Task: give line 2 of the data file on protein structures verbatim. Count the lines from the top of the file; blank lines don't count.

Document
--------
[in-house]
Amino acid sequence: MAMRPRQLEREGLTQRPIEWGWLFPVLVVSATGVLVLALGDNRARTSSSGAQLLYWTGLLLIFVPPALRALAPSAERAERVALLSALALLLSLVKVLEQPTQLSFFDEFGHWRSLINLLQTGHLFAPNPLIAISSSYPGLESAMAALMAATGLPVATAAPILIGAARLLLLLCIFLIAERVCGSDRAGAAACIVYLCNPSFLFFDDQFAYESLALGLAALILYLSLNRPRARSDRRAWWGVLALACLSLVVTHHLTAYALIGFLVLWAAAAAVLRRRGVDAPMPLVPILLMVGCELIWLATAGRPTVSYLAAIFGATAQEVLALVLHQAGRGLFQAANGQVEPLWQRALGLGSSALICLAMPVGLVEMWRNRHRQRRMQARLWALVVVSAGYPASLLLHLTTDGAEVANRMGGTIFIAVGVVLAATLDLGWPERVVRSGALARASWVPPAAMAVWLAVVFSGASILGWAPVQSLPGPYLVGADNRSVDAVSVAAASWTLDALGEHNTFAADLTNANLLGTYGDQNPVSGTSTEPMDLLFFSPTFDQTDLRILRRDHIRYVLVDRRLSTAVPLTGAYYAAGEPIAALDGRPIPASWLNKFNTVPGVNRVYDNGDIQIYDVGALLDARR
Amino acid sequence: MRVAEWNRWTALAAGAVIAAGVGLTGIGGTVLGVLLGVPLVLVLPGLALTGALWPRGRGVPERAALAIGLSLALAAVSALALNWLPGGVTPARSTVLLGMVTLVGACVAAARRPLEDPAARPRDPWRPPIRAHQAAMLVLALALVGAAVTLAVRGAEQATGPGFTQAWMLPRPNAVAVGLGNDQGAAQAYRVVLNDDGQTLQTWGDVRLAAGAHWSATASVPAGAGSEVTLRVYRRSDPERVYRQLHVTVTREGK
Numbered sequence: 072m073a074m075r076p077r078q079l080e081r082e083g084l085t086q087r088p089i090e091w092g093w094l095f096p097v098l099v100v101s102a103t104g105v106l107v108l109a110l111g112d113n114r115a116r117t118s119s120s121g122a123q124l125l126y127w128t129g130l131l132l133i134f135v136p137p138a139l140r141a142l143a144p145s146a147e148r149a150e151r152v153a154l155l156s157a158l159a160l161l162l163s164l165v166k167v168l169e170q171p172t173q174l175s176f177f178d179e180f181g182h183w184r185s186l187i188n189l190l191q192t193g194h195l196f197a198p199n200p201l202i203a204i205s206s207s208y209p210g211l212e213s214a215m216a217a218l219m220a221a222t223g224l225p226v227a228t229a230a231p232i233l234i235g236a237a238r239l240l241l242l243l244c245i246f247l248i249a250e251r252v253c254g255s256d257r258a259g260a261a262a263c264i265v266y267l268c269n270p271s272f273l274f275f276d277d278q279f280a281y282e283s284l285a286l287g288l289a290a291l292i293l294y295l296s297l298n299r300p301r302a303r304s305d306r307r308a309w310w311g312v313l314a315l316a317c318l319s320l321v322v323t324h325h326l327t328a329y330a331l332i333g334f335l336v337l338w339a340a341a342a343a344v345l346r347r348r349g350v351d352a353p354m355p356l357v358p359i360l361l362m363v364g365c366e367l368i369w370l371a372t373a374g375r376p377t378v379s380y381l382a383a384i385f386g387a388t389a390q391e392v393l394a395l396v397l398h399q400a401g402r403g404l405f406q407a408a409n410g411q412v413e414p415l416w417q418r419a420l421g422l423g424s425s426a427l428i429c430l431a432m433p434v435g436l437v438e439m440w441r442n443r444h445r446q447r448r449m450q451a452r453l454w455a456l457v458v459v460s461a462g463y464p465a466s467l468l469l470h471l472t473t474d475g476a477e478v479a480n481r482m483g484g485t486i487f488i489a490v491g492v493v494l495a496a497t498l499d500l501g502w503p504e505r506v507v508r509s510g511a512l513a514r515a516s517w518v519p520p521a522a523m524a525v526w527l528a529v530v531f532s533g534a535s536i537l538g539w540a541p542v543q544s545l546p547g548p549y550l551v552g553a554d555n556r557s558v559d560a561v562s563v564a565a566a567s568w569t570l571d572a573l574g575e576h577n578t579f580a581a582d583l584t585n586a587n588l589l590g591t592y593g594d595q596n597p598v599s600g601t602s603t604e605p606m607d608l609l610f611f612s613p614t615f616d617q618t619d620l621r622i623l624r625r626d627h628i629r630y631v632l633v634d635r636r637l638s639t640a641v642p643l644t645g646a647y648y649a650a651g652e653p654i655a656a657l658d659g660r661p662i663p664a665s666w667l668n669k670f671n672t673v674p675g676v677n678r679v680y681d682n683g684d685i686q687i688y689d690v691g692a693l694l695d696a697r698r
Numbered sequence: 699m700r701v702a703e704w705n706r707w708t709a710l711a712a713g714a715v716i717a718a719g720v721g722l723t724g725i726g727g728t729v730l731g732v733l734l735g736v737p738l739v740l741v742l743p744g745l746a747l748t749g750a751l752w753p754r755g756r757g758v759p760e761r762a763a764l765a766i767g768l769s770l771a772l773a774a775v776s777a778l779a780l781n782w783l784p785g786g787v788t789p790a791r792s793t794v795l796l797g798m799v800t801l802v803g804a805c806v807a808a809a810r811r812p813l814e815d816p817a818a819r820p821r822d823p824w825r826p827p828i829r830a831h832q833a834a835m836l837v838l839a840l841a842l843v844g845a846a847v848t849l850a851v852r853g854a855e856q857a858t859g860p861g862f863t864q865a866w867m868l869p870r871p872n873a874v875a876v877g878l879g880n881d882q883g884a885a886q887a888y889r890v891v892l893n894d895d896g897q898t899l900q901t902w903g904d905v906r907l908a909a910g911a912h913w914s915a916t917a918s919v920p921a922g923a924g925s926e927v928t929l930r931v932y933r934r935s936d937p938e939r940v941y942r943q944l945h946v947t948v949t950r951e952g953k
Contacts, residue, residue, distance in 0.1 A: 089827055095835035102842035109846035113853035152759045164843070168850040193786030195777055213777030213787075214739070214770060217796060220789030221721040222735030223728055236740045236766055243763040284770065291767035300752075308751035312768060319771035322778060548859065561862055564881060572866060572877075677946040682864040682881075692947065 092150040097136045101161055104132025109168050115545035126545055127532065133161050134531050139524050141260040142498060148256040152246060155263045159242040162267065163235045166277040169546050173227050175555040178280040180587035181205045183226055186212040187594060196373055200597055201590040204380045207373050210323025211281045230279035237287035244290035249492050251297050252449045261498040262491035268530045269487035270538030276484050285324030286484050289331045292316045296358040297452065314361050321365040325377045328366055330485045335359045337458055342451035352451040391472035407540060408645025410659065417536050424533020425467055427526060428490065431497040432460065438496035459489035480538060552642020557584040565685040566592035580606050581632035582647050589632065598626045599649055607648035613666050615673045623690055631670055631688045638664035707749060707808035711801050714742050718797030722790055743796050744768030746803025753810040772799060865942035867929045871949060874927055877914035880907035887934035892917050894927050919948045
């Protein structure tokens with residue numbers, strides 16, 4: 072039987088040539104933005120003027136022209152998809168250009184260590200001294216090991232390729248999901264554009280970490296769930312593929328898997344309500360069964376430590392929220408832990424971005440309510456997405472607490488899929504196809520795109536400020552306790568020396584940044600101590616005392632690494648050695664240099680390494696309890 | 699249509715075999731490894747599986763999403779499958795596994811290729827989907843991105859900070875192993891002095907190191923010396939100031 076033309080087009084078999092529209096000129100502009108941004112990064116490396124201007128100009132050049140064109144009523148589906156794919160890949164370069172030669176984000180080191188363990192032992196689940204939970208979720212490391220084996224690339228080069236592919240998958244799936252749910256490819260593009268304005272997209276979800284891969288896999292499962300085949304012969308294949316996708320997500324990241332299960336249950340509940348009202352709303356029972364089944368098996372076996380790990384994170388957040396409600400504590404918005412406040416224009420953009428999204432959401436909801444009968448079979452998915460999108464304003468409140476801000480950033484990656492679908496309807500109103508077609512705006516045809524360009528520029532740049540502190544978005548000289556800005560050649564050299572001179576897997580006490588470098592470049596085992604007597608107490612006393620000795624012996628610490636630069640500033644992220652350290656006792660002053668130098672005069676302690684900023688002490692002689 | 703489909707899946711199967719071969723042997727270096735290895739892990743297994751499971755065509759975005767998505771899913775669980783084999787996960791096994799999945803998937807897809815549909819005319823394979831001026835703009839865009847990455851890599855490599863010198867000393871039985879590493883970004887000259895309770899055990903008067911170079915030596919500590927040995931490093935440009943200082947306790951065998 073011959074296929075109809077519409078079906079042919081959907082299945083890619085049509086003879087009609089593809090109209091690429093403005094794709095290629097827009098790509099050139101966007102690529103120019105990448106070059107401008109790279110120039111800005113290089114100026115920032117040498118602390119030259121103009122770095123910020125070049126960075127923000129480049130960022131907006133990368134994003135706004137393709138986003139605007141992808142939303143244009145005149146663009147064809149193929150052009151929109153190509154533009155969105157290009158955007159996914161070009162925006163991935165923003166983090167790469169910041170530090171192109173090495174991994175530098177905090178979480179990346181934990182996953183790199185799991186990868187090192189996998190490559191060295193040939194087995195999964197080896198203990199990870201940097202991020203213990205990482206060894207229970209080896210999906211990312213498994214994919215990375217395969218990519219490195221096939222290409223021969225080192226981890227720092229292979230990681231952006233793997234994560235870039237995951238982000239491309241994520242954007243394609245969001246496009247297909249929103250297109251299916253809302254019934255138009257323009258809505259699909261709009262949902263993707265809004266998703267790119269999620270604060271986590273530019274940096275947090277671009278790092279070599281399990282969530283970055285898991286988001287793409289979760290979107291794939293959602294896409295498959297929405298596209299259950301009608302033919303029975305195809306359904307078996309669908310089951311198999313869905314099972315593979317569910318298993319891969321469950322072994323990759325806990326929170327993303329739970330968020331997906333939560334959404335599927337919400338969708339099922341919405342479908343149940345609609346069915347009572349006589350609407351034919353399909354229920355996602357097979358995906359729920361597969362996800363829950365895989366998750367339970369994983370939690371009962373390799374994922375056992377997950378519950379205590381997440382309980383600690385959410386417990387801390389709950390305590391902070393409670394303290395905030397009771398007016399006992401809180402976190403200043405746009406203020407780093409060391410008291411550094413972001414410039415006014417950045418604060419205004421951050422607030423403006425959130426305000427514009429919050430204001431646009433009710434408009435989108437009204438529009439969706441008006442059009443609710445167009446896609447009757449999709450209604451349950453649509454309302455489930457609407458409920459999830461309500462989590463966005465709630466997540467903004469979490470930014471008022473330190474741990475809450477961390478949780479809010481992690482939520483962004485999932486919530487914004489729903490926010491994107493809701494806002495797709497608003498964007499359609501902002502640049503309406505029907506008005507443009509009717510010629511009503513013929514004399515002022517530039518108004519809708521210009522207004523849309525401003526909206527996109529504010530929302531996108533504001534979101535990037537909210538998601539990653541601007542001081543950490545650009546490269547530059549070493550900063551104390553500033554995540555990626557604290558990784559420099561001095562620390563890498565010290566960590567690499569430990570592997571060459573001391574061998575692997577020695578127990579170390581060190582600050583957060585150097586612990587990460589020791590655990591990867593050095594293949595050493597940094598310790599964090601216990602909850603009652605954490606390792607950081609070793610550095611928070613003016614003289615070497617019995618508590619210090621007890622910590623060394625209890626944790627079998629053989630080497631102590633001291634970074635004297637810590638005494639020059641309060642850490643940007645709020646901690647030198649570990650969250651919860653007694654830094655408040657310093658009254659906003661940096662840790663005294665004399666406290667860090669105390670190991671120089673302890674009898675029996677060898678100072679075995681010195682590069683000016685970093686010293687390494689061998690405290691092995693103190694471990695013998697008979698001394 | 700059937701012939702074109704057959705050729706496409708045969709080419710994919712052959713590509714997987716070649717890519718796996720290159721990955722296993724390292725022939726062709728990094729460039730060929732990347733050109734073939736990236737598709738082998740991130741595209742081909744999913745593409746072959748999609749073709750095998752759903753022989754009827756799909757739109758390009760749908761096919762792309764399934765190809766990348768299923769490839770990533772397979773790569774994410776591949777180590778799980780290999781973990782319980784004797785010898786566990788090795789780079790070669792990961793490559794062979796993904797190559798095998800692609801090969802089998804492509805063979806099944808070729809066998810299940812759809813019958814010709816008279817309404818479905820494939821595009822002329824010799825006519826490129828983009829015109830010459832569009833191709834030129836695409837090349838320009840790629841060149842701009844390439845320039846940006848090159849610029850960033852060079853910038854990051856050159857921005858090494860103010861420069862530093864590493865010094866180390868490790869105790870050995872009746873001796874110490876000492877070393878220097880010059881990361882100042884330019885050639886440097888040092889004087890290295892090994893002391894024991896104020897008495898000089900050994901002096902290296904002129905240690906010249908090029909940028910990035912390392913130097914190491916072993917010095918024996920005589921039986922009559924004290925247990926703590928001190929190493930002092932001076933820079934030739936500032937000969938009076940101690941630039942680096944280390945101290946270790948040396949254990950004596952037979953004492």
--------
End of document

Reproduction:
Amino acid sequence: MAMRPRQLEREGLTQRPIEWGWLFPVLVVSATGVLVLALGDNRARTSSSGAQLLYWTGLLLIFVPPALRALAPSAERAERVALLSALALLLSLVKVLEQPTQLSFFDEFGHWRSLINLLQTGHLFAPNPLIAISSSYPGLESAMAALMAATGLPVATAAPILIGAARLLLLLCIFLIAERVCGSDRAGAAACIVYLCNPSFLFFDDQFAYESLALGLAALILYLSLNRPRARSDRRAWWGVLALACLSLVVTHHLTAYALIGFLVLWAAAAAVLRRRGVDAPMPLVPILLMVGCELIWLATAGRPTVSYLAAIFGATAQEVLALVLHQAGRGLFQAANGQVEPLWQRALGLGSSALICLAMPVGLVEMWRNRHRQRRMQARLWALVVVSAGYPASLLLHLTTDGAEVANRMGGTIFIAVGVVLAATLDLGWPERVVRSGALARASWVPPAAMAVWLAVVFSGASILGWAPVQSLPGPYLVGADNRSVDAVSVAAASWTLDALGEHNTFAADLTNANLLGTYGDQNPVSGTSTEPMDLLFFSPTFDQTDLRILRRDHIRYVLVDRRLSTAVPLTGAYYAAGEPIAALDGRPIPASWLNKFNTVPGVNRVYDNGDIQIYDVGALLDARR